In this subject you can read the most important note about History of internet
The Internet was the result of some visionary thinking by people in the early 1960’s who saw great potential value in allowing computers to share information on research and development in scientific and military fields.
Licklider of MIT, first proposed a global network of computers in 1962, where everyone in the globe is interconnected and can access programs and data at any site from anywhere. He moved over to the Defense Advanced Research Projects Agency (DARPA) in late 1962 to head the work to develop it.
Leonard Kleinrock of MIT and later UCLA developed the theory of packet switching, which was to form the basis of Internet connections.
Lawrence Roberts of MIT connected a Massachusetts computer with a California computer in 1965 over dial-up telephone lines. It showed the feasibility of wide area networking, but also showed that the telephone line's circuit switching was inadequate.
Kleinrock's packet switching theory was confirmed. Roberts moved over to DARPA in 1966 and developed his plan for ARPANET.
The Internet, then known as ARPANET, was brought online in 1969 under a contract let by the renamed Advanced Research Projects Agency (ARPA) which initially connected four major computers at universities in the southwestern US (UCLA, Stanford Research Institute, UCSB, and the University of Utah).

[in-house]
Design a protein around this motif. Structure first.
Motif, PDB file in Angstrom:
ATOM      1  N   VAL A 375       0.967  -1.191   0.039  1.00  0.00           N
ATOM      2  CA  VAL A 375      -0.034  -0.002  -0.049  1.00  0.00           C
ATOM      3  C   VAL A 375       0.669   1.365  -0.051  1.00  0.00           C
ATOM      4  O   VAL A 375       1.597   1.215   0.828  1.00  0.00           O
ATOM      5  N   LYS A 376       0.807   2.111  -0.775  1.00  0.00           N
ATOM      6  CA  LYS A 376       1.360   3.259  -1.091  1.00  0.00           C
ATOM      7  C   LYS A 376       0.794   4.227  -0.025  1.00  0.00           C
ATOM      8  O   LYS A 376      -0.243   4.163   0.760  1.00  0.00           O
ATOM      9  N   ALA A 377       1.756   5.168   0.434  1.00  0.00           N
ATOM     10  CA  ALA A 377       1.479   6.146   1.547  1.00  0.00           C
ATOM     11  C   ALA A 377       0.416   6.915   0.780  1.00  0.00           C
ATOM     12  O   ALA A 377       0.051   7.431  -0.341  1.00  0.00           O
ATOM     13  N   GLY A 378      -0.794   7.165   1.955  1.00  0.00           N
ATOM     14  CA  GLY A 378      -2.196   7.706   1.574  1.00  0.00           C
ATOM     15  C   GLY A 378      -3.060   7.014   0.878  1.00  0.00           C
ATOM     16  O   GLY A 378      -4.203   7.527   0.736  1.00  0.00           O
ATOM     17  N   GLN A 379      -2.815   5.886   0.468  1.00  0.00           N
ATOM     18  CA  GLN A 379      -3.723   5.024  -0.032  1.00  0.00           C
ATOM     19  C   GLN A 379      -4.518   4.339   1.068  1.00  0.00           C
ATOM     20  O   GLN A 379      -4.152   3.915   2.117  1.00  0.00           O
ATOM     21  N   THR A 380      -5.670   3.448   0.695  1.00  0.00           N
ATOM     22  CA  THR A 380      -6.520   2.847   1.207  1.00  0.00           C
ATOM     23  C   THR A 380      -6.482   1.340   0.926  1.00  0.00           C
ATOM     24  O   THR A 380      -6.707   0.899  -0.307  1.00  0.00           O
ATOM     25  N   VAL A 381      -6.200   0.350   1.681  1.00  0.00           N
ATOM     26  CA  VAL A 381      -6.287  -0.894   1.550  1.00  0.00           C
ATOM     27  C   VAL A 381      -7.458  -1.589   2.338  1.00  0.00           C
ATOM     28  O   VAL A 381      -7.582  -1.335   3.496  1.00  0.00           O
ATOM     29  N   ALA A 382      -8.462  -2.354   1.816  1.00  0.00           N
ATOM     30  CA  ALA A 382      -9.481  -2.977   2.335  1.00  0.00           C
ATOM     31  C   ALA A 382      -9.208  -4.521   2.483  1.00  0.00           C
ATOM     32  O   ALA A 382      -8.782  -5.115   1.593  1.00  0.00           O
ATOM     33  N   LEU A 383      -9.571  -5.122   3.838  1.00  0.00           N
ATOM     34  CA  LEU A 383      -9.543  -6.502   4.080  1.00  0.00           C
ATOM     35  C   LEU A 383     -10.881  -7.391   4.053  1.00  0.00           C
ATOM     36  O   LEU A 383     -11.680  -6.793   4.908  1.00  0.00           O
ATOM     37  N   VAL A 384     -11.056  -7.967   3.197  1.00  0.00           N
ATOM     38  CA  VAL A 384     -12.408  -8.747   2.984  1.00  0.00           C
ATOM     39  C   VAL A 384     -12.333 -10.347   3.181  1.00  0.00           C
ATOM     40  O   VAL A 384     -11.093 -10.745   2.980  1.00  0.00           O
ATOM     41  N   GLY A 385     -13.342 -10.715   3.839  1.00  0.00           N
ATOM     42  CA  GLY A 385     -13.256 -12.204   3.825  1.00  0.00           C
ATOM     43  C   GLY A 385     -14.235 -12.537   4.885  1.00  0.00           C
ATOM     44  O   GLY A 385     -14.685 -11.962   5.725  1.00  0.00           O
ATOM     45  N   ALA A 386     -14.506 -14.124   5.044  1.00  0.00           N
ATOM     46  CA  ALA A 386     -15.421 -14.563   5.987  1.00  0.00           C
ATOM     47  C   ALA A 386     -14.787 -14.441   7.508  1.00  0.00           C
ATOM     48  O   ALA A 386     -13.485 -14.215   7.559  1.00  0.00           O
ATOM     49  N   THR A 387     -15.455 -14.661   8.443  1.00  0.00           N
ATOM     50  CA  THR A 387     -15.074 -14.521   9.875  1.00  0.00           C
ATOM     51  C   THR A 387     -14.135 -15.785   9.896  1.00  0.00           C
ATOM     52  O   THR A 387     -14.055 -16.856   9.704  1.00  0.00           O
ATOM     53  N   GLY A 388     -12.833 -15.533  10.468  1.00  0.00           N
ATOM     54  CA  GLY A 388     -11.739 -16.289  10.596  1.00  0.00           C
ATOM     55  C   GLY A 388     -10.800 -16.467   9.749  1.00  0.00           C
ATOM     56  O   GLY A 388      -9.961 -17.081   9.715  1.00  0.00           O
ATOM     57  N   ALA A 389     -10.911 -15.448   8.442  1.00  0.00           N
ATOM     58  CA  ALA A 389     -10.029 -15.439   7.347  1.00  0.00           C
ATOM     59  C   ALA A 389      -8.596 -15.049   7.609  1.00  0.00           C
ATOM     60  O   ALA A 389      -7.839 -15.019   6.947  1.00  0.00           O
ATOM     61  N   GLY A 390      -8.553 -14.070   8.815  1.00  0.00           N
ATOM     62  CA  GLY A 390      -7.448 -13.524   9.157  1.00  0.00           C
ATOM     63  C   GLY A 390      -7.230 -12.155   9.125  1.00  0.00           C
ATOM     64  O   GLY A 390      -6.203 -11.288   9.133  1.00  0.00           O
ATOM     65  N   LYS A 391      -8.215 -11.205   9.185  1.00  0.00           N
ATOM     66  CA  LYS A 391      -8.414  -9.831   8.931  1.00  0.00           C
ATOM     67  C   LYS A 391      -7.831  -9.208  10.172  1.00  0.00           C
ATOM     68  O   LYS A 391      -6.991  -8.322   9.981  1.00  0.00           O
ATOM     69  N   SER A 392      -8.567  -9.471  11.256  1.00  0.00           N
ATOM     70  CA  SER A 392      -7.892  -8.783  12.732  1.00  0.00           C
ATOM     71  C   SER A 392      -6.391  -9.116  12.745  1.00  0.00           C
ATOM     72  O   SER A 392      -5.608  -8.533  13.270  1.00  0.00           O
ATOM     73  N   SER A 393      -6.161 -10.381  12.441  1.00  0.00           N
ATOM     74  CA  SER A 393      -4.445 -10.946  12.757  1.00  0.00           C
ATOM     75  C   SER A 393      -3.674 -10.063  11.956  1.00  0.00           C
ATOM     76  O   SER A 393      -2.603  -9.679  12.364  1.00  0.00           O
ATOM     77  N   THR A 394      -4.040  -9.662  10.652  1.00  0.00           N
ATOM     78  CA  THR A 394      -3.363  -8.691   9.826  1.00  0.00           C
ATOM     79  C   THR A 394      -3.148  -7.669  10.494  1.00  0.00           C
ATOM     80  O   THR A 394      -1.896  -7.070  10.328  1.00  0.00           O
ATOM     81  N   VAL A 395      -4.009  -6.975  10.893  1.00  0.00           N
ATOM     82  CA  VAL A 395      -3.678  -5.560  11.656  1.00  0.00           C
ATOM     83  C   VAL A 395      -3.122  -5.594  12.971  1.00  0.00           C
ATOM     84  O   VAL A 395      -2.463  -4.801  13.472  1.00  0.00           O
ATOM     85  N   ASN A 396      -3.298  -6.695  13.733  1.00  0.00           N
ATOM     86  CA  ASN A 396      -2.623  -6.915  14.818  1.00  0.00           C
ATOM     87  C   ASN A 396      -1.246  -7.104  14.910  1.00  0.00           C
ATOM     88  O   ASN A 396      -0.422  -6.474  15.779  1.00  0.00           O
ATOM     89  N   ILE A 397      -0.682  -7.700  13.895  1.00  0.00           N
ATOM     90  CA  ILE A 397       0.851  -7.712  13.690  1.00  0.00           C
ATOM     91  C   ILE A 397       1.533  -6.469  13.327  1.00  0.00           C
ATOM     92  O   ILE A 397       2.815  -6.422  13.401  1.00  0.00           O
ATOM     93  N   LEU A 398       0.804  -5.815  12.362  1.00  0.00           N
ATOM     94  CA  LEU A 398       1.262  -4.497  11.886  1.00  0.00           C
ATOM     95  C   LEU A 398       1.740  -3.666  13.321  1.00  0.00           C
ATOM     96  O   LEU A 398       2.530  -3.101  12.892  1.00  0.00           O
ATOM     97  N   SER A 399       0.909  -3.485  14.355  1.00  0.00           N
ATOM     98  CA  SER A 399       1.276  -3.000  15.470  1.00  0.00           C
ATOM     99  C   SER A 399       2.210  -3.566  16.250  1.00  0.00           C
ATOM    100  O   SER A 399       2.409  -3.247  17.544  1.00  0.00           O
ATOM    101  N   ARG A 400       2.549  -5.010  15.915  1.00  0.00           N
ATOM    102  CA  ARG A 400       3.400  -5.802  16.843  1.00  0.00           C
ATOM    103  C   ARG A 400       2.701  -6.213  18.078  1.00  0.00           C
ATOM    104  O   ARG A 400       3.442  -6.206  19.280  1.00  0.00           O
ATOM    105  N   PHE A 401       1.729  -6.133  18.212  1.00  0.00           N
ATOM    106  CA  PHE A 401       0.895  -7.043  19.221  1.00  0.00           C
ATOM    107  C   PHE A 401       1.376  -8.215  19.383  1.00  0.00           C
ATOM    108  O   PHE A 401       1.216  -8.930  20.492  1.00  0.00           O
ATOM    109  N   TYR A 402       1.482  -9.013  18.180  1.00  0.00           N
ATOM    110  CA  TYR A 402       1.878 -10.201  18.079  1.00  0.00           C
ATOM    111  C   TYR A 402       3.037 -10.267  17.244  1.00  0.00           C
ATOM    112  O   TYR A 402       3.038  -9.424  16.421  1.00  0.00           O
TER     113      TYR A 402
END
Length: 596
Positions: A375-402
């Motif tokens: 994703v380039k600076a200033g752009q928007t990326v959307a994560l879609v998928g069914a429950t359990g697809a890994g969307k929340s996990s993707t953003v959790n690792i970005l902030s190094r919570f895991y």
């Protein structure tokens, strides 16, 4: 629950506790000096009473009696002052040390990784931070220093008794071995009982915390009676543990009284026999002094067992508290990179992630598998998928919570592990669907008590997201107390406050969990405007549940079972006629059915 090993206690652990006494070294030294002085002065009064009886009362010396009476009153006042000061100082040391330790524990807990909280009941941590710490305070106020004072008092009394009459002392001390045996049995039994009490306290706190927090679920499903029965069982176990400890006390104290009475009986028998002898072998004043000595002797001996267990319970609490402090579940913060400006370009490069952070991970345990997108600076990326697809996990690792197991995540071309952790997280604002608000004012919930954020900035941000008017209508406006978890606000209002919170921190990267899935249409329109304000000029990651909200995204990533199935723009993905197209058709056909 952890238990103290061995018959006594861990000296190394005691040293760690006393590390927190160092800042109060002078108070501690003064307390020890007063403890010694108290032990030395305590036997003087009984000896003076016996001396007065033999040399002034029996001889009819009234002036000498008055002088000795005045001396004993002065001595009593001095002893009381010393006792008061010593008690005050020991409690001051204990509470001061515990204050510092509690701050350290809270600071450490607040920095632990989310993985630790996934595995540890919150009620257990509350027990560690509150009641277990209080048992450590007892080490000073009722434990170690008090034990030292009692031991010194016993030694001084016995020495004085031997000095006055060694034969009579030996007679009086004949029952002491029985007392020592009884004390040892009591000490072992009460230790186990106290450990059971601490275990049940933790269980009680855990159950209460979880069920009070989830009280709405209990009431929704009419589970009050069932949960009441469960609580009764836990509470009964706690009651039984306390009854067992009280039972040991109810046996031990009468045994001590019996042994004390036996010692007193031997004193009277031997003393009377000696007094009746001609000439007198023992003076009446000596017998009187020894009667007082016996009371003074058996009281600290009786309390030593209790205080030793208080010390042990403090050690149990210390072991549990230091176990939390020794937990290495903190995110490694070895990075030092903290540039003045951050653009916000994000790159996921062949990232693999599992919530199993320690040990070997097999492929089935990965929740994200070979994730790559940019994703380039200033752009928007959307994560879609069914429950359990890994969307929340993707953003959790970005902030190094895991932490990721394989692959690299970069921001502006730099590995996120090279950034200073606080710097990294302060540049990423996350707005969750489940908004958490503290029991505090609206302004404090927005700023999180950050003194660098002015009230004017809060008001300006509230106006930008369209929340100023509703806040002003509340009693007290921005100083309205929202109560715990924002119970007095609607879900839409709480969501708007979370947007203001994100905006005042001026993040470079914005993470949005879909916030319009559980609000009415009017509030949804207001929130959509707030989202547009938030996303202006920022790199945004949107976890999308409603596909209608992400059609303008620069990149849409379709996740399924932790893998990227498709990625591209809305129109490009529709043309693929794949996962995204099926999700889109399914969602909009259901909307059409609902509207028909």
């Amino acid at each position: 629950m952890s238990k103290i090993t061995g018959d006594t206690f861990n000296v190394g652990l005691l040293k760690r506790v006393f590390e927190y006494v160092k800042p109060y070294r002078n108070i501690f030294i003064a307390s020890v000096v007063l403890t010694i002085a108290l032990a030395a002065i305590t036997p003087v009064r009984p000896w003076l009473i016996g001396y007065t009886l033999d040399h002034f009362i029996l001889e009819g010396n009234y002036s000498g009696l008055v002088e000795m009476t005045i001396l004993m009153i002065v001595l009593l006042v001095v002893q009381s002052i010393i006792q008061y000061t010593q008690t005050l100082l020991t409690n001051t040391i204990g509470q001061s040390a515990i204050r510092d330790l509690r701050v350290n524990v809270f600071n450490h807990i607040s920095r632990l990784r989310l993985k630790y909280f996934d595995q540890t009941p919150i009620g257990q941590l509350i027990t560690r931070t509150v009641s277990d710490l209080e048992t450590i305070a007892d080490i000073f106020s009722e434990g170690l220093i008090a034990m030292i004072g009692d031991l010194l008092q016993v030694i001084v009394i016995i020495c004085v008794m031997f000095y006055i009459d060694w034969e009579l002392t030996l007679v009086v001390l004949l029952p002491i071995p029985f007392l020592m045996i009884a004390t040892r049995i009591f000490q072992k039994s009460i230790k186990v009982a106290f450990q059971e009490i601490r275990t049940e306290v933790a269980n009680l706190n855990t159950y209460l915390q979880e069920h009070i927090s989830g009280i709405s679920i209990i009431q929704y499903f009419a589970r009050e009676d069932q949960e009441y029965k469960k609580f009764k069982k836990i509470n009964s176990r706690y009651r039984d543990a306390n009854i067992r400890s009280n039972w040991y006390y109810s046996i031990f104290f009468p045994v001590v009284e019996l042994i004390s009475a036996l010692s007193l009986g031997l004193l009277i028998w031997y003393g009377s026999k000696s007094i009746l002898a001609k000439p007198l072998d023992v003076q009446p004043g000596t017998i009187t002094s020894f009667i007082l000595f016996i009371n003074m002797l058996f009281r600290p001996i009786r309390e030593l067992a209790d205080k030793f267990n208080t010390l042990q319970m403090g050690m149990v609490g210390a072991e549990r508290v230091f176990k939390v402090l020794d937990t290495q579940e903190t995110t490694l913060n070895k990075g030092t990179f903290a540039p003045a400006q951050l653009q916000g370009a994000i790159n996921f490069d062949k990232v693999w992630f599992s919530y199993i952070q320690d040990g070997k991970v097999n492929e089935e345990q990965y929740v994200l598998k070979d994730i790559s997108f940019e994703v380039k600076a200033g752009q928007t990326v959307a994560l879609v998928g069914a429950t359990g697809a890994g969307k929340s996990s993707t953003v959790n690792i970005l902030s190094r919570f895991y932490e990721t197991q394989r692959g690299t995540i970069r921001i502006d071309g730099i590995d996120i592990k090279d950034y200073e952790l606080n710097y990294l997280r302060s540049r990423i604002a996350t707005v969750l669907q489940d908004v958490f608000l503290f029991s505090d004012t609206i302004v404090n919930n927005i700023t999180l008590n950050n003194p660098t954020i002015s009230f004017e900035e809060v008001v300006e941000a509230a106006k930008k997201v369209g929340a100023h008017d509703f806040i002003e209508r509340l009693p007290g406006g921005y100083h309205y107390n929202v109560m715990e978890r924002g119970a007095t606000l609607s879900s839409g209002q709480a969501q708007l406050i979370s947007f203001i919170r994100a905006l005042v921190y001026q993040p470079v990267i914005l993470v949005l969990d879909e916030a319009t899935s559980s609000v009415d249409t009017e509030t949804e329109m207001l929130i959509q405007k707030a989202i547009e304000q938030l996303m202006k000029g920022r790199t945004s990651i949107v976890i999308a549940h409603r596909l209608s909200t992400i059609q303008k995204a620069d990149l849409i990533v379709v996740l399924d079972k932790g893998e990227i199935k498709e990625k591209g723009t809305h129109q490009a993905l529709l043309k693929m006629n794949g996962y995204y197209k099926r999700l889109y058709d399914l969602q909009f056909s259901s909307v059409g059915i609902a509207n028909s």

After installation in September, handwritten logs from UCLA show the first host-to-host connection, from UCLA to SRI, is made on October 29, 1969
The contract was carried out by BBN of Cambridge, MA under Bob Kahn and went online in December 1969.
By June 1970, MIT, Harvard, BBN, and Systems Development Corp (SDC) in Santa Monica, Cal. were added (Nodes are added to ARPANET at the rate of one per month).
By January 1971, Stanford, MIT's Lincoln Labs, Carnegie-Mellon, and Case-Western Reserve U were added.
In months to come, NASA/Ames, Mitre, Burroughs, RAND, and the U of Illinois plugged in. After that, there were far too many to keep listing here.
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